(Not so) high anxiety
After a messy divorce knocked James for six he started drinking heavily, slept very little and began a low spiral into depression.
Although recovered by the time he saw his Designated Aviation Medical Examiner (DAME), he feared his history of mental illness might disqualify him from receiving a medical certificate. Those fears proved entirely unfounded.
A 35 year old businessman, James has worked in IT since graduating university. James' father was a pilot in the Air Force and he used to take James flying when he was a child. James always promised himself he would get his pilot's licence one day, but hadn't found time to pursue his dream until recently.
Always a hard worker, James typically works 12 hour days and through the weekends. He blames his divorce five years ago at least partly on the demands of his work.
"Mind you, in hindsight I really wasn't taking good care of myself for most of my married life. I was away from home a lot, and used to drink heavily on business trips," James says. "I wasn't exercising, and by the time the end came, I was much heavier than when my wife met me.
"In retrospect, I can see why she was so unhappy."
James had always been a bit anxious growing up. His father was a heavy drinker and was extremely strict.
"Because I was chronically anxious, I was away from Primary School so much with one illness or another that my parents took me to see a paediatrician. He did lots of tests, but couldn't really find much wrong with me and had no useful advice to offer my parents. I just seemed to recover over time, and I did really well at high school."
James' marriage to a girl he met at university started so well that he was shocked when his wife finally demanded a divorce, fed up with the long hours and the drinking. In the months following the divorce James found himself drinking even more heavily. He also began to have more and more trouble sleeping. The sleeping tablets his GP prescribed weren't working and he stopped seeing his family and friends and spent all his time at work or watching TV.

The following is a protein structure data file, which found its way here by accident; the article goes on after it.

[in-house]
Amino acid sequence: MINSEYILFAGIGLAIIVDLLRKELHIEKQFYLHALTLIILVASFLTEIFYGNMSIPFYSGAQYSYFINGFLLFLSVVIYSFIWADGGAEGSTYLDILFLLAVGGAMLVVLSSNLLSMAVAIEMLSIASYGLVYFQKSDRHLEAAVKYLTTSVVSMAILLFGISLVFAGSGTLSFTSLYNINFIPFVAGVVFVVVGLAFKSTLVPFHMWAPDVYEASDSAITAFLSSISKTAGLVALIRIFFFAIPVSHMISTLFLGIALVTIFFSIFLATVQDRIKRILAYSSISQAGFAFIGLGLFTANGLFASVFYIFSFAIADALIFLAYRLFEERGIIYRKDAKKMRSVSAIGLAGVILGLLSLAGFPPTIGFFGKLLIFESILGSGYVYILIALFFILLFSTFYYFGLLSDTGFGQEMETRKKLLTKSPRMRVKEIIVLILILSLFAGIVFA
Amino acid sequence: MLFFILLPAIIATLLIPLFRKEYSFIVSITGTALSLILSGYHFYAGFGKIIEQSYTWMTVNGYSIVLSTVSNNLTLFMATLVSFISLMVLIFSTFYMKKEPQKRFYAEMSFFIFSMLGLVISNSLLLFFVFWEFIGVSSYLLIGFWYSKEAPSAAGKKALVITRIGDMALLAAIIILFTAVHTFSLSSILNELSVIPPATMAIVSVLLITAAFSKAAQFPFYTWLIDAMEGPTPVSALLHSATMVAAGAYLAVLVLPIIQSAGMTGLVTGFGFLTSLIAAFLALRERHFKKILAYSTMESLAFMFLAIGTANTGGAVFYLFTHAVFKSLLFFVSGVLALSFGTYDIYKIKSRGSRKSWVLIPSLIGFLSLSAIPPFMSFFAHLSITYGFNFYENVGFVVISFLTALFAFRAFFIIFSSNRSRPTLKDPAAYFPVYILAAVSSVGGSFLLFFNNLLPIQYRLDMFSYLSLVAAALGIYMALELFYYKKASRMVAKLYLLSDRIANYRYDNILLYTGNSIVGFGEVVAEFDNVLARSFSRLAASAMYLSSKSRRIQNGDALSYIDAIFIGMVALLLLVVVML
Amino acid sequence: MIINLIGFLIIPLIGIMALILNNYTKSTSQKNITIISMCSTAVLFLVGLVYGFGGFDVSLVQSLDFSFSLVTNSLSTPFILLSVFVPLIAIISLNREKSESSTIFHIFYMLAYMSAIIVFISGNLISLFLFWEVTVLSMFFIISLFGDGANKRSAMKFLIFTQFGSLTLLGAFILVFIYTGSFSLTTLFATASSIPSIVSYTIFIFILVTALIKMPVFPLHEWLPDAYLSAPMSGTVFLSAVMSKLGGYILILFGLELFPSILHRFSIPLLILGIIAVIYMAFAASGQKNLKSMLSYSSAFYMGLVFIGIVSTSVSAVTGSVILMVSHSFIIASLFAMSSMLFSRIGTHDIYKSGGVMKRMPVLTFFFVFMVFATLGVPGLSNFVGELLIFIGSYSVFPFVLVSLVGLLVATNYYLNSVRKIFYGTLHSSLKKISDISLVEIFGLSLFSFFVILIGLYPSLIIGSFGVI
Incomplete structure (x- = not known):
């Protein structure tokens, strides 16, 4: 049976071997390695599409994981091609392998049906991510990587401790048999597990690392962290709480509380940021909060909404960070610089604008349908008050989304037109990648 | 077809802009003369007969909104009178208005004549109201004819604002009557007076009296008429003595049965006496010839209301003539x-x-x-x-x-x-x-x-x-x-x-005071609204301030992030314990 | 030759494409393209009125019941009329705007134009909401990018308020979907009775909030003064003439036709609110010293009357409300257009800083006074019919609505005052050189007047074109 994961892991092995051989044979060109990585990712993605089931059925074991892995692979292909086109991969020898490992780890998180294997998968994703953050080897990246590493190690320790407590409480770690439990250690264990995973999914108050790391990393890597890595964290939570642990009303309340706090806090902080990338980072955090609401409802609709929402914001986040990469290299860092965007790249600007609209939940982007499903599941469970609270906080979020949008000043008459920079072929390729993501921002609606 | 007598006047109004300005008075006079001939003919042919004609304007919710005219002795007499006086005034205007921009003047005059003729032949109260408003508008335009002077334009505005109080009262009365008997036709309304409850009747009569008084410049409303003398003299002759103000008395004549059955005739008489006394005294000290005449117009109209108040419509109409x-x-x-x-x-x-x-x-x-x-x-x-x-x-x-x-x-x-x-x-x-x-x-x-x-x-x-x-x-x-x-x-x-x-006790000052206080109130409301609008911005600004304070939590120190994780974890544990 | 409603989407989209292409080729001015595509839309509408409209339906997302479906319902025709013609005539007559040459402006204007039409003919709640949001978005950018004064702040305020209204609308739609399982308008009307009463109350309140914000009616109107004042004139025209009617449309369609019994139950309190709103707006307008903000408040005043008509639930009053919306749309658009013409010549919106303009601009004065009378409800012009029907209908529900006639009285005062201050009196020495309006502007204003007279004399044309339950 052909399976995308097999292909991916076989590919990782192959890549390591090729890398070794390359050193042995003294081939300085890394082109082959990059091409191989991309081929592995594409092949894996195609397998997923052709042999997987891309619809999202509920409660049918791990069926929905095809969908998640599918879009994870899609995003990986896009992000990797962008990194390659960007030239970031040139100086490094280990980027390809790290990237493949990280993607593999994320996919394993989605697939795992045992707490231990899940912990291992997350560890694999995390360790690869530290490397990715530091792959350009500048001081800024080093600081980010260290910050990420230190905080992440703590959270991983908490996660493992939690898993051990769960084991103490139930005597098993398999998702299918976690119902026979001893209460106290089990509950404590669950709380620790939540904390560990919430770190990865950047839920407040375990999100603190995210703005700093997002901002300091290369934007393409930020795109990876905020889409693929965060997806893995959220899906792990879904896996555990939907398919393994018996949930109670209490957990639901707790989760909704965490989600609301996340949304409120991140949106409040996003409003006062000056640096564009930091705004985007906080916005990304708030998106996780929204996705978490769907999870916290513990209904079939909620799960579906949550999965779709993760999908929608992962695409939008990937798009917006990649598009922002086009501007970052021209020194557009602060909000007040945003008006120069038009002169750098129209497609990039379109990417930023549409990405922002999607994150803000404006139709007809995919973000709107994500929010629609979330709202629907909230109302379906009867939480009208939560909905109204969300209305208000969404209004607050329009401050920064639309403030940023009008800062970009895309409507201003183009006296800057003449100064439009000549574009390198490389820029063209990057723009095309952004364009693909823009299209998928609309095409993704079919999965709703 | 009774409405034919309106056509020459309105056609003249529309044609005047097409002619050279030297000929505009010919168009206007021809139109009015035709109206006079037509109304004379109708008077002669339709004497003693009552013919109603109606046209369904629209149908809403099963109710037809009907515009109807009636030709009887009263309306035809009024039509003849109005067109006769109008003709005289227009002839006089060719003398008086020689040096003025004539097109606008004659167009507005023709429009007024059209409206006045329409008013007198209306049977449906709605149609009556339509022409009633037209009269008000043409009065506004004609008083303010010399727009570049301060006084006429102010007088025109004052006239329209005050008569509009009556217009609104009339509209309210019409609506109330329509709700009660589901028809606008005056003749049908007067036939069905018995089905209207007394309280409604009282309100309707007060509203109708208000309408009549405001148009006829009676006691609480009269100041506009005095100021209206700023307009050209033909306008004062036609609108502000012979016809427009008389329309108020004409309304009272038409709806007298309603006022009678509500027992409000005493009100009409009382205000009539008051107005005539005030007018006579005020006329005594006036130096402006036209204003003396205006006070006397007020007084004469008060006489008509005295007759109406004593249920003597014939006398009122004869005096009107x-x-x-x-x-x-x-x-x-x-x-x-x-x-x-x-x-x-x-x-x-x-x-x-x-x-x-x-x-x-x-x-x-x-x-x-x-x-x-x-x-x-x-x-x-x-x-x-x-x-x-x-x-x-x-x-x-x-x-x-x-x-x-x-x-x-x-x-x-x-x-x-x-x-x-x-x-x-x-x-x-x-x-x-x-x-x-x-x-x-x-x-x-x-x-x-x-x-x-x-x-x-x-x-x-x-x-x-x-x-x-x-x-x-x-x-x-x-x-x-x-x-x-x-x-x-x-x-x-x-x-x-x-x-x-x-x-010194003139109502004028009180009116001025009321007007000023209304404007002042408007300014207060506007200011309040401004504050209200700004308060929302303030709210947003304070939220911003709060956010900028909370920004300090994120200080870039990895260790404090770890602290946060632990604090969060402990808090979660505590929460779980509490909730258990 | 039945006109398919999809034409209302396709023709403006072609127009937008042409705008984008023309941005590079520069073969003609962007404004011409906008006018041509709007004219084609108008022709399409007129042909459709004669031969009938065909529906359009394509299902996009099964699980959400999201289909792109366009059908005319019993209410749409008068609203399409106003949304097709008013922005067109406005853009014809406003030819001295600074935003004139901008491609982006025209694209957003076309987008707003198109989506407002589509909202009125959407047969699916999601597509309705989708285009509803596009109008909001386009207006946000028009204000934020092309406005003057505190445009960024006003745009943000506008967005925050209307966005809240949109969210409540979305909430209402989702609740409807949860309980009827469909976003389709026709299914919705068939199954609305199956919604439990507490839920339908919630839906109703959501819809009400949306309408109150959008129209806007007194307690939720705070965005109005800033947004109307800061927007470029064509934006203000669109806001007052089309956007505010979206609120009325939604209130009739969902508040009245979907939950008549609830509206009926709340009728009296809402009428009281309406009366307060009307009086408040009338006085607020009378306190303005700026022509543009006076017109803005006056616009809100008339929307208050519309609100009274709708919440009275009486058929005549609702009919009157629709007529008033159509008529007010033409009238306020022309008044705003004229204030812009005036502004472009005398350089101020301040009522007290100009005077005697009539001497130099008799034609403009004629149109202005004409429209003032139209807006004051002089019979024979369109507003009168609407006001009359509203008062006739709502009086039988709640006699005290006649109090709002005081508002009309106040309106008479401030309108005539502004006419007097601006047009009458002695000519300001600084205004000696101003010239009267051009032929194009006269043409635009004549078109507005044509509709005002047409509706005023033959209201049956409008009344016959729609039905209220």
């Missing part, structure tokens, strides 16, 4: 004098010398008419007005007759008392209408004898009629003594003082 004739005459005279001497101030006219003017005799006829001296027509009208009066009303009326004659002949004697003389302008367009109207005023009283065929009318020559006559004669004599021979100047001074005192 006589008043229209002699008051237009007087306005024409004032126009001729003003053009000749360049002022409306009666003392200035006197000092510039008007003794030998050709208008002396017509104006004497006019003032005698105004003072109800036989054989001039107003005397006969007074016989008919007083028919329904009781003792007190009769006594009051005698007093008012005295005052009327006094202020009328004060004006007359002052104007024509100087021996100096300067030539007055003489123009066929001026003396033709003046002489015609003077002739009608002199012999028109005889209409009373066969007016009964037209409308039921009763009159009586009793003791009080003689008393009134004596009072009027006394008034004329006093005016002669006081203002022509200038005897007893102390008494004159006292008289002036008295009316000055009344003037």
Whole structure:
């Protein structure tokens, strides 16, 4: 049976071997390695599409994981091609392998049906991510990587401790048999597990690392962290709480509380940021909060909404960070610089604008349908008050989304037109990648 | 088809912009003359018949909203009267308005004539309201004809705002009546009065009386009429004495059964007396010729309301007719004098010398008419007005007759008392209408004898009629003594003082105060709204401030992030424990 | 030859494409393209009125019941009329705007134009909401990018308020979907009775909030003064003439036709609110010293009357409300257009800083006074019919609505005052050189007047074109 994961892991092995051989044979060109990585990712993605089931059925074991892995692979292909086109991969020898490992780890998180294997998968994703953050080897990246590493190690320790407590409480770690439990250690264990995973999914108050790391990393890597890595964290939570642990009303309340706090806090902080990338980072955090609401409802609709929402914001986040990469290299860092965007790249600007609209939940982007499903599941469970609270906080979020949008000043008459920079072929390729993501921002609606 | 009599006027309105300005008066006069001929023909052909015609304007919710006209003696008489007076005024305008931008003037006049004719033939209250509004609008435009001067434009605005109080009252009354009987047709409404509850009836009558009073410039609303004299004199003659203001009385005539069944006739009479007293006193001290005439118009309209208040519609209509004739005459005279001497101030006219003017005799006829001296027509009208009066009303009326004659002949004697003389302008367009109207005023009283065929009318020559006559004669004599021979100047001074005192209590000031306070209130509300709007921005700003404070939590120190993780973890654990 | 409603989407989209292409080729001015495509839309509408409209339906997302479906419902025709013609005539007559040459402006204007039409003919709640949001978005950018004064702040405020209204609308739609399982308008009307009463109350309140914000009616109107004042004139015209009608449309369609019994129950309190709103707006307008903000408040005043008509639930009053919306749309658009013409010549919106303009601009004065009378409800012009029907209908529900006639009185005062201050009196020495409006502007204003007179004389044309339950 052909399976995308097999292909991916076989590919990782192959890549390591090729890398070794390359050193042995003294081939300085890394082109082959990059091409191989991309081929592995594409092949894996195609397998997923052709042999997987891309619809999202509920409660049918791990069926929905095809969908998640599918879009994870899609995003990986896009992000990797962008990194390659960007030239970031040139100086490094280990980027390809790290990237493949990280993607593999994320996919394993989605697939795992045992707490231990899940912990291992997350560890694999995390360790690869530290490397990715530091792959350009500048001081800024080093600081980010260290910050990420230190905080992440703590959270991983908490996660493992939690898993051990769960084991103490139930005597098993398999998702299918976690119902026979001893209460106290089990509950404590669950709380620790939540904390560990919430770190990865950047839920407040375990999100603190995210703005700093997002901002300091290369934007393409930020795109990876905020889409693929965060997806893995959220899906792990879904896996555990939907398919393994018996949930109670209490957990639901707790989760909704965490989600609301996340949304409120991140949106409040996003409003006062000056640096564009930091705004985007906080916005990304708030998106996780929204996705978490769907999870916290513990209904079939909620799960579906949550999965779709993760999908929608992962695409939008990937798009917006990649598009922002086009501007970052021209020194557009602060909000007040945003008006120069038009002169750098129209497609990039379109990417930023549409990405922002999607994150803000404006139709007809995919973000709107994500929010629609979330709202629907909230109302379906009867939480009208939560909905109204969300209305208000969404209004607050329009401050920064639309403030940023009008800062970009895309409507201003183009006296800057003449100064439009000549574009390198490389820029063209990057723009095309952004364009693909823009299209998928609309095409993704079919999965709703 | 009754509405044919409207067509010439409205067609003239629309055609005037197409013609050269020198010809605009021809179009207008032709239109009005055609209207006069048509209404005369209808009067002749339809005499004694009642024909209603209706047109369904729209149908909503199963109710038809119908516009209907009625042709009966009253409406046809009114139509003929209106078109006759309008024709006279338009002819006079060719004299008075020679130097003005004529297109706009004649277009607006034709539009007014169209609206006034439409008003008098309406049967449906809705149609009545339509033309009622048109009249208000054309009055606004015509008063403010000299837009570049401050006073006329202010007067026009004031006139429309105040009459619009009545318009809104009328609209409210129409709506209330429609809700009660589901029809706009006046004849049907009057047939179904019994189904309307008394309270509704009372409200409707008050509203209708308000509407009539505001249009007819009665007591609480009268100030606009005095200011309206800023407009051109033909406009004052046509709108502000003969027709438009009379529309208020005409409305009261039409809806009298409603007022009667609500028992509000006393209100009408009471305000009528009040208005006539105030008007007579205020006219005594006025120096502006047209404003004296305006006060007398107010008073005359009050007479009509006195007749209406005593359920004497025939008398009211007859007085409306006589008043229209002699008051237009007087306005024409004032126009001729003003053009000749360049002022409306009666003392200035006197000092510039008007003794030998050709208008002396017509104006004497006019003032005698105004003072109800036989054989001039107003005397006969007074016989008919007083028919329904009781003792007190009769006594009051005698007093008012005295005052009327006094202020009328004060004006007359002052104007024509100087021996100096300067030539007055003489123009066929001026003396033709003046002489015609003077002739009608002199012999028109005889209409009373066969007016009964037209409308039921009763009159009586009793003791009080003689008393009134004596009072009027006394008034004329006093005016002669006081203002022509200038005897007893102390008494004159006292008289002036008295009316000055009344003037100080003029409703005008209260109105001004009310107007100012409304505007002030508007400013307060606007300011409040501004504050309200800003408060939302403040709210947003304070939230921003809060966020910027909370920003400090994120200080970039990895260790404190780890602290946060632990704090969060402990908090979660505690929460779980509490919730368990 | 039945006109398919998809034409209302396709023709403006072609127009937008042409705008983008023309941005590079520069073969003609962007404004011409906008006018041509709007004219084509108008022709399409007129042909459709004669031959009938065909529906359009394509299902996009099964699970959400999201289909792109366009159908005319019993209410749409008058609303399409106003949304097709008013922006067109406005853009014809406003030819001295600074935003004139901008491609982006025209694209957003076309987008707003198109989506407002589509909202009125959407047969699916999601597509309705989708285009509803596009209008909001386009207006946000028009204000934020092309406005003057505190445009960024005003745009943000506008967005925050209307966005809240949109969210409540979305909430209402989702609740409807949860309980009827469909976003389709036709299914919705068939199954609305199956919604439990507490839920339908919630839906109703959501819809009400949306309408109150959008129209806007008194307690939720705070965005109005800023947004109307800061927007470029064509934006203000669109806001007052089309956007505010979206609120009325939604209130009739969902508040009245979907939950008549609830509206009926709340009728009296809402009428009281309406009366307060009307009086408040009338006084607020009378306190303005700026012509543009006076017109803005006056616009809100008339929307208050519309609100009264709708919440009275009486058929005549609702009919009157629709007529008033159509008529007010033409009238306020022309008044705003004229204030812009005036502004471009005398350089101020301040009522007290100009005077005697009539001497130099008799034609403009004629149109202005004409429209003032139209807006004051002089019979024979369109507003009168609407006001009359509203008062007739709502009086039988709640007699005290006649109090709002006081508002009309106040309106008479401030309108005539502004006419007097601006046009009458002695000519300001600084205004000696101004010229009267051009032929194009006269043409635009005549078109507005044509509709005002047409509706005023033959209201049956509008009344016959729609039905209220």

Things came to a head one morning when he tested positive at a roadside breath test and had his driving licence suspended.
When his mother found out about the driving under the influence charge she pleaded with him to see a doctor about his mental health. She had noticed that James had not been himself for more than a year since the divorce, she told him.
His GP diagnosed major depression, recommended treatment with an anti-depressant, and referred James to a psychiatrist. The psychiatrist agreed anti-depressants might be useful.
"I hated the idea at first, so I only started taking medication very reluctantly," James says." I was really surprised how effective the anti-depressant proved to be. Within a couple of months I was feeling much better. I could concentrate better at work and also started back windsurfing, a favourite hobby from years ago."
In the five years after the divorce James tried several times to wean himself off the medication under the supervision of his GP, but found his symptoms would return every time. At least James was alert to the symptoms by then and would return to the GP before they got too bad.
By the time James decided to go for his pilot's license things were going well. His business was booming; his work/life balance was much better, and he was taking the time to pursue a range of recreational activities.
"Even so, I was really nervous when I showed up to the local DAME for my first medical assessment," he says. "I didn't know how the doctor would react to my history of depression and I was afraid it would prevent me from getting my licence."
After questioning him in detail about his medical history and mental illness, the DAME explained that a diagnosis with depression need not be disqualifying from flying, but that AvMed would need more supporting information before considering his application.
AvMed asked James to provide reports from his treating GP and psychiatrist. Because of his history of driving under the influence they also asked him to provide a copy of his national police certificate and to undertake a blood test. These were satisfactory.
James was subsequently issued a class 2 medical certificate with a requirement that he provide a report from his treating doctor on the progress of his depression each year. He was reminded that if his condition or treatment changed that he needed to ground himself and present to his DAME for review.